vising freshman elections. (See
Story, column 5.)
Set For Tinuirrow
Penn State's undefeated gridiron
squad will get an All-College send
off tomorrow at 7:30 a.m. when
they leave Co-op corner for Syra
"We should have a good turn
out," said Walt Sottung '4l, head
cheer-leader, last night. "The Tem
ple send-off was a sample of what
we expect. Torriorrow everybody
should participate in the demon
Cheerleaders will be present to
lead the rally. Songs and cheers
will see the Lions depart to do bat
tle with the Orangemen. Fratern
ity heads are cooperating with
Jack Brand '4l,' president of the
Athletic Association, and Walt
Sottung, who are in charge of the
All-College President Arnold C.
Laich '4l made a strong plea for
student cooperation last night
When he said, "If the entire stu
dent 'body will show the team that
it is behind them, it will give the
men that extra lift which may
mean so much in Saturday's game.
Let's all get out and make this a
for William M. Aukerman (D).
Meanwhile, in State College stu
dents were busy paying off election
bets. Erik S. Moeller '4l and Carl
Singhouse '44 found themselves
with cue sticks, down on their
hands and knees pushing potatoes
through the Corner Room revolv
ing doors, through the restaurant
itself, and back through the doors.
William T. Christman, Jr. '43 and
Frank J. Marmion, Jr. '42 were the
Democrats on the winning side of
A happier boy than these three
overconfident Republicans was J.
Hilary Kelley '43 whose father,
Augustine B. Kelley (D) was elect
ed to the U. S. House of Repre
Freshman Political Code
To Be Discussed Monday
Wit hthe promise to facilitate "a
keener coordination between
freshman political cliques and a
greater knowledge of campus pol
itics," H. Leonard Krouse, junior
class president and chairman of
the Freshman Elections Commit
tee. heightened freshman election
activity last night by naming his
Members of the committee are
Krouse, Thomas J. Hensen, Rob
ert D. Baird, Mildred M. Taylor,
Barbara Torrence, Dorothy Bay
ard, Ross B. Lehman, A. Pat Nag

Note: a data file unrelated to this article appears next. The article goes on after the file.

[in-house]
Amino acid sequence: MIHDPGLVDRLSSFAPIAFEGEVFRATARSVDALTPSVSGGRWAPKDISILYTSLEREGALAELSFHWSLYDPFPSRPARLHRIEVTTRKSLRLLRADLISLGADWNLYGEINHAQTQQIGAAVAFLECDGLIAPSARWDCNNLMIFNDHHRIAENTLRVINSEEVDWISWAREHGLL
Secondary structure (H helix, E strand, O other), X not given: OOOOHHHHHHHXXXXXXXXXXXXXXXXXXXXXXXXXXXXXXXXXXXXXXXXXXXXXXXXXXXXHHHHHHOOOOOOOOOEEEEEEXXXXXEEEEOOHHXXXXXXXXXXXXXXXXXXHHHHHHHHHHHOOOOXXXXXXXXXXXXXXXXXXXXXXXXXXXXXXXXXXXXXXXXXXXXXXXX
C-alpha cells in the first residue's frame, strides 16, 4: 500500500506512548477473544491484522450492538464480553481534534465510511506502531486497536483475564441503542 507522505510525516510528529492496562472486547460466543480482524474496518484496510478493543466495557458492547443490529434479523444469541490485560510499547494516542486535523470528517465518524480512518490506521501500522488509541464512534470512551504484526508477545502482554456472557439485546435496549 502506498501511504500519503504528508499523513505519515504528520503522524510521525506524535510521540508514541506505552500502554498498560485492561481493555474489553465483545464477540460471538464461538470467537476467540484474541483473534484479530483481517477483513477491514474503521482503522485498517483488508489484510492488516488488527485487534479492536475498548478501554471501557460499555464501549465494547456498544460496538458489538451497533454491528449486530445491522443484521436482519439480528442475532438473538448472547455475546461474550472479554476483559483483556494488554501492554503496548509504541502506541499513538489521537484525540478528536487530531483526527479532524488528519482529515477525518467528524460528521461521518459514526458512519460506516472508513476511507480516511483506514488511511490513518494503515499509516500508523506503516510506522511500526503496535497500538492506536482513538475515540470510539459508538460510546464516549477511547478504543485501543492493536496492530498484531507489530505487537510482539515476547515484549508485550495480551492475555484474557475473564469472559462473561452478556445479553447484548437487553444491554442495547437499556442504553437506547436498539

elberg, all juniors, and Richard C.
Peters '4l, ex-officio member.
"We will do our best," Krouse
added, "to instill in freshmen the
desire for clean politics and create
in them an attitude and consider
ation toward political issues rath
er than personalities."
Meeting for the first time on
Monday at 8:30 p. m., the commit
tee will officially guide the fresh
men into their initial campaign
when it meets with '44 Campus
and Independent party chairmen
and names the petition deadline
and dates of the mass meeting and
Setting up the freshman elec
tion code will be the chief task of
the committee. It must also in
struct the freshman parties in po
litical conduct and clarify the can
Later, the Freshman Elections
Committee will enforce the code
and function as a tribunal in pun
ishing violaters. Other principle
duties of the committee include
the arrangements for the election,
checking petitions, policing the
polls, and finally, tabulating the
Foresters Hear Bennett
Dr. Logan Bennett of Pennsyl
vania Wildlife Research will speak
to the Forestry Society at 7:30
p.m. today in 109 Agriculture
building on the subject, "Status of
Game Animals in the United.
Washington, D. C.—Presidential
votes were still being tabulated in.
Washington last night from sev
eral states and although they had
not all been counted, President
Roosevelt was leading Wendell L.
Willkie by more than three and a
half million votes at 7 p. m.
Washington, D. C. Varied
foreign opinion was shown on the
re-election of President Roosevelt.
The Axis powers were non-com
mittal except for statements con
cerning Roosevelt's hostility to
ward them and his partiality
shown to England.
Hyde Park, N. Y. President
Roosevelt laid a cornerstone for
a new post office and stressed his
feelings toward John L. Lewis by
pointing out and agreeing with
workmen who were wearing anti-
Salonika Greek troops drove
all Fascist forces from their coun
try and were advancing into Al
bania in an attempt to drive the
Italians out of that country, ac
cording to a late communique.
PRICE THREE CENTS